Above: A table in Lavash’s dining room
Several decades ago, a man stood at the corner of 7th Avenue and Irving Street, selling flowers out of a bucket. Now, Saeed Talai is fondly called the Mayor of Irving Street, a well-known figure in the neighborhood.
He and wife Nazila have developed deep roots and deep friendships in the Sunset District. Popular Persian restaurant Lavash is the latest in a string of businesses—including a taqueria and a tea lounge—that he and Nazila established in the neighborhood.
Saeed and Nazila, who both came from Iran, began their professional relationship when Nazila, an artist by nature with a particular eye for flowers, started assisting Saeed at his floral stand.
The stand grew into a shop, and then another, until the couple’s shared passion for flowers bloomed into several stores across San Francisco. In the late 80s, they opened L’Avenida, a taqueria which became a cult favorite and was named the “Best Burrito in San Francisco.”
As the San Francisco taqueria market became more saturated, Nazila and Saeed focused their energy on a new endeavor in 2008: Lavash, a sit-down Persian restaurant—one of only a few in the city—on the same block where they had sold flowers years before.
It’s a family affair: the couple’s three sons, Kaivon, Kamron, and Kian, continue to help their parents run it.
“If you grew up in our family, you would know that everything was about food. Everything,” says Kaivon. “When you eat food, it brings people together. That’s how my parents think about it.”
Lavash is one of only a few Persian restaurants in San Francisco, and Saeed and Nazila sought to introduce the Talai’s Iranian culture to diners while also incorporating a California influence.
“We took a little different take on the original Persian restaurant style. We made it a little bit more casual, a little bit cozier,” says Kaivon. “We took on the San Francisco style. We made it comfortable for anyone to walk in and have a really good time.”
This union is similarly reflected on the menu, which pairs authentic Persian cuisine with a San Francisco emphasis on health and local producers. Saeed visits the Cesar Chavez Farmers Market on a regular basis to browse for the freshest, most organic food. “He wants to bring what’s local to us and make everything from scratch,” Kaivon says.
Nothing at Lavash is premade and much of it is what Saeed and Nazila still make at home, from marinated, seasoned kabobs to jeweled rice studded with raisins and orange zest. The menu also caters to a wide variety of dietary restrictions, including vegan, vegetarian, and gluten-free, so nearly everyone can find something to enjoy.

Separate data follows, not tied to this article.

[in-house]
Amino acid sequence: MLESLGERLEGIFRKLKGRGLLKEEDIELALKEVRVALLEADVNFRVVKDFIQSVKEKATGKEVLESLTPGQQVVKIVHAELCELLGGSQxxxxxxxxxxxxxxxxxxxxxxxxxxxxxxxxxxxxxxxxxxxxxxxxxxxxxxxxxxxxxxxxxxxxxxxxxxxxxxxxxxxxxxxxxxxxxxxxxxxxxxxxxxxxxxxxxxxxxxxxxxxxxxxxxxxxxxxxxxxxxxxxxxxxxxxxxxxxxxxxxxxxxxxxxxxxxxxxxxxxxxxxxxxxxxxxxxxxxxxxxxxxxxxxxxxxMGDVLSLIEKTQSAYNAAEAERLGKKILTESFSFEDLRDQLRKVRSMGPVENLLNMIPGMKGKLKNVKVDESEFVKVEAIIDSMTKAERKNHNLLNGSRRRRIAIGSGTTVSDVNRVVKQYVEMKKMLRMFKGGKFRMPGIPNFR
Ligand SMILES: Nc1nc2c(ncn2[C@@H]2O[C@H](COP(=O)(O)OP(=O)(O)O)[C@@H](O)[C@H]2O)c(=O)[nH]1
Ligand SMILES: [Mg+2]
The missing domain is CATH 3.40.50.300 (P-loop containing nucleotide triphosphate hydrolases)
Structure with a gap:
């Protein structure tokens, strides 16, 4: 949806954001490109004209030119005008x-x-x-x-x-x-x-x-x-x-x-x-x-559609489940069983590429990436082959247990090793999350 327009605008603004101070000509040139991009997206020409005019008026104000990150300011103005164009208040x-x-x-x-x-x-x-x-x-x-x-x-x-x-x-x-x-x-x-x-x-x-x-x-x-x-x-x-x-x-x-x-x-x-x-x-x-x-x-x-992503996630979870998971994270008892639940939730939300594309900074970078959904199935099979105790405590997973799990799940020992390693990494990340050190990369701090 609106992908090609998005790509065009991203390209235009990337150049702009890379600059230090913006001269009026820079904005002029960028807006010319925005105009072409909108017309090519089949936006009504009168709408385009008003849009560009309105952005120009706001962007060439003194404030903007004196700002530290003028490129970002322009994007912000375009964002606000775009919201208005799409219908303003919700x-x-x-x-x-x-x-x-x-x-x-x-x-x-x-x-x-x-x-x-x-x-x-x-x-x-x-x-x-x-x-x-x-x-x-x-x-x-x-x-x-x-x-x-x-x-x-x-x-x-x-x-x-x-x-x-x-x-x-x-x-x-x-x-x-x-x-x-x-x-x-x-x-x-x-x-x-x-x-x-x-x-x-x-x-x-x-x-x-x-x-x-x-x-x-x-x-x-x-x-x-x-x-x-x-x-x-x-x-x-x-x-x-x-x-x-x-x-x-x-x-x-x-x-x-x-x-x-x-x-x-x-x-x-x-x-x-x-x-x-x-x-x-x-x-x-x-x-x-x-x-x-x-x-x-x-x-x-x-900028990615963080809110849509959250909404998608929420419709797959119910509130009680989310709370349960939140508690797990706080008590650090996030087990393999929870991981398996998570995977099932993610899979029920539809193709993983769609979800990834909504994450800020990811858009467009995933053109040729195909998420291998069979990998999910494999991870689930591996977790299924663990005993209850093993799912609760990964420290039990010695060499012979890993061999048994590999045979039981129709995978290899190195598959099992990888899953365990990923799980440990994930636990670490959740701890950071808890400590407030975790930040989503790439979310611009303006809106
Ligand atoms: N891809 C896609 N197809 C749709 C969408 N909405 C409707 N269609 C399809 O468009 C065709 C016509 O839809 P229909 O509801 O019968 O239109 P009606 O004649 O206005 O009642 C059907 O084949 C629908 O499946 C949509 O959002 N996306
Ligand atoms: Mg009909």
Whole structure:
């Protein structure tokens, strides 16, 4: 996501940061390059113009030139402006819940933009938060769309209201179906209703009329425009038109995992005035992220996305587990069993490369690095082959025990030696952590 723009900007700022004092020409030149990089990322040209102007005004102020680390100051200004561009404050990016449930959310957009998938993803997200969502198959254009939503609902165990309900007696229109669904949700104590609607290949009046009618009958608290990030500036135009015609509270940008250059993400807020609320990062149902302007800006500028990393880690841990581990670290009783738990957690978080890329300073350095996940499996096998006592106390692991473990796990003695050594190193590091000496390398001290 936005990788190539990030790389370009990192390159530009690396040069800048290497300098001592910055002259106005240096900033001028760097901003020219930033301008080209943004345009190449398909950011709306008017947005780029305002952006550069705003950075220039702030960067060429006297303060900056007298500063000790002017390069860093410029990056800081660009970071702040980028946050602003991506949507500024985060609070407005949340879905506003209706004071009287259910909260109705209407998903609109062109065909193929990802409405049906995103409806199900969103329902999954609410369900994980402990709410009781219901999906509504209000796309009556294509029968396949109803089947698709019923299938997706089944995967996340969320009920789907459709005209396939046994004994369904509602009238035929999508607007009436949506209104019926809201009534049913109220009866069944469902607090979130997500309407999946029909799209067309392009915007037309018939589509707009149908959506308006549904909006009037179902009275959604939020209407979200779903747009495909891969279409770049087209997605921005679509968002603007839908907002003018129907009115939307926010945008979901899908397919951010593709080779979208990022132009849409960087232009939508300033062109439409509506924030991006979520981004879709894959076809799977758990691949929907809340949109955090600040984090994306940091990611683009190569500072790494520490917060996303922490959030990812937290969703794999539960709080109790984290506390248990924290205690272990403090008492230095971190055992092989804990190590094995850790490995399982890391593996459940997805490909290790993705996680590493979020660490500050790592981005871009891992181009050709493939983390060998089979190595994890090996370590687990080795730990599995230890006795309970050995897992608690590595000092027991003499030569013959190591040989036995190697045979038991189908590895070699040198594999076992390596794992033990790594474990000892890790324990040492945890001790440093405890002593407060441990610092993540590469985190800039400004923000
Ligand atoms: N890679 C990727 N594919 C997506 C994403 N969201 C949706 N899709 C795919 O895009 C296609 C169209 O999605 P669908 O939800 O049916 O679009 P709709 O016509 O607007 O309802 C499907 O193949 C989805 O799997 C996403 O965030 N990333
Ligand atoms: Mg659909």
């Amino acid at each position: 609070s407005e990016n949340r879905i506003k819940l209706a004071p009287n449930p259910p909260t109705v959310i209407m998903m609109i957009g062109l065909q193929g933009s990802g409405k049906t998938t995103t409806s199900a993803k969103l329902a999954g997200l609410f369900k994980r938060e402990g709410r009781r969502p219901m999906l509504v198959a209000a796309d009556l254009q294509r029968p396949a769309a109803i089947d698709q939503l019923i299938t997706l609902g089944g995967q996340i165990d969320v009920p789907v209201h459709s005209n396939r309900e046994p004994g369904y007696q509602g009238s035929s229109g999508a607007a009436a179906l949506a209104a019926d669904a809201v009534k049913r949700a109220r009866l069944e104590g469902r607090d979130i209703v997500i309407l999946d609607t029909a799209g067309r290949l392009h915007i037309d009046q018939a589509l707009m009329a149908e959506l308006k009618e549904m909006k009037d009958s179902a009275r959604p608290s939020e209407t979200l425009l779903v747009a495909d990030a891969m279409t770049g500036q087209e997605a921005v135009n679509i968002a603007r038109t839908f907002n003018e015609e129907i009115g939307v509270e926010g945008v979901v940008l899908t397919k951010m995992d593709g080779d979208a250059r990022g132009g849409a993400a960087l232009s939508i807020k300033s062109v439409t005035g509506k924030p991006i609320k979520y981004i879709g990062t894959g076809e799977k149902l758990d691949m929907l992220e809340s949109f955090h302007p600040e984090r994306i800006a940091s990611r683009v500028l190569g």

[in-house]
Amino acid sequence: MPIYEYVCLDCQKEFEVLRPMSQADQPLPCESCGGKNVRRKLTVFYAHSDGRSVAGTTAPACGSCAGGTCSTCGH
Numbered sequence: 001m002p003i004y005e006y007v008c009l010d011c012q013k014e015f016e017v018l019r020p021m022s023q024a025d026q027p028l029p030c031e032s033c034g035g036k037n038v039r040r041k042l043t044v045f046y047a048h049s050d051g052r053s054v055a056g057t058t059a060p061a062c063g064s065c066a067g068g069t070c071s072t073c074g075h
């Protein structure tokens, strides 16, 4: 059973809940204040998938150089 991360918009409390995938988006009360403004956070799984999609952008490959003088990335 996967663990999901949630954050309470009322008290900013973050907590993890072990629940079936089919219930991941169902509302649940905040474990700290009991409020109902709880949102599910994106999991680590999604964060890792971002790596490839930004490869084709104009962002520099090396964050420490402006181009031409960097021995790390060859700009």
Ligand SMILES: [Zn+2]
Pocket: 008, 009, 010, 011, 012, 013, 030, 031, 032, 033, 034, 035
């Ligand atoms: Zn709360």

Just as the food pays tribute to the Talai’s time on Irving Street, so does the interior: Nazila creates striking, intricate floral displays once or twice a week in the restaurant, sourced from the flower market that she and Saeed visit regularly.
The effect is an atmosphere that beckons and welcomes, whether for a night out by yourself or to celebrate a special occasion with friends and family.
“They open the doors to their home here,” says Kaivon. “This is not a restaurant. This is a home for them.”
And then, in January 2018, a fire ripped through the establishment. After ten years, it was forced to close to undergo extensive renovations. It stayed shuttered for two years.
In January 2020, the restaurant was ready to once again welcome guests. The Talai family launched a soft reopening but didn’t get a chance for a larger affair to announce their return. Restaurants in California were ordered to halt in-person dining in March as COVID-19 hit the United States.
At the start of the virus, along with adjusting to the fact that Lavash would be closed once again, the restaurant scrambled to get everything prepared for pick-up and delivery.
The kitchen’s workflow had to be redesigned, they had to shift to digital and partner with food delivery apps like Grubhub, and they had to procure the right materials and containers for takeout.
Now, as the restaurant adjusts to the changes and an uncertain future for in-person dining, the community has rallied around the Talais, buying food and checking in. The support is both a testament to the food and to the family’s connection to the neighborhood.
Saeed knows everyone, Kaivon says, and has at least a five-minute conversation with each person who passes by the restaurant.
Lavash’s full menu is currently available for takeout or delivery. To support the restaurant, people can buy gift cards or donate to Lavash’s GoFundMe campaign.
“Our goal is to continue what we started, build that place where people can feel comfortable and come in and have a good meal with themselves, their friends, their partner, or family. That’s what we really want to continue going forward,” Kaivon says.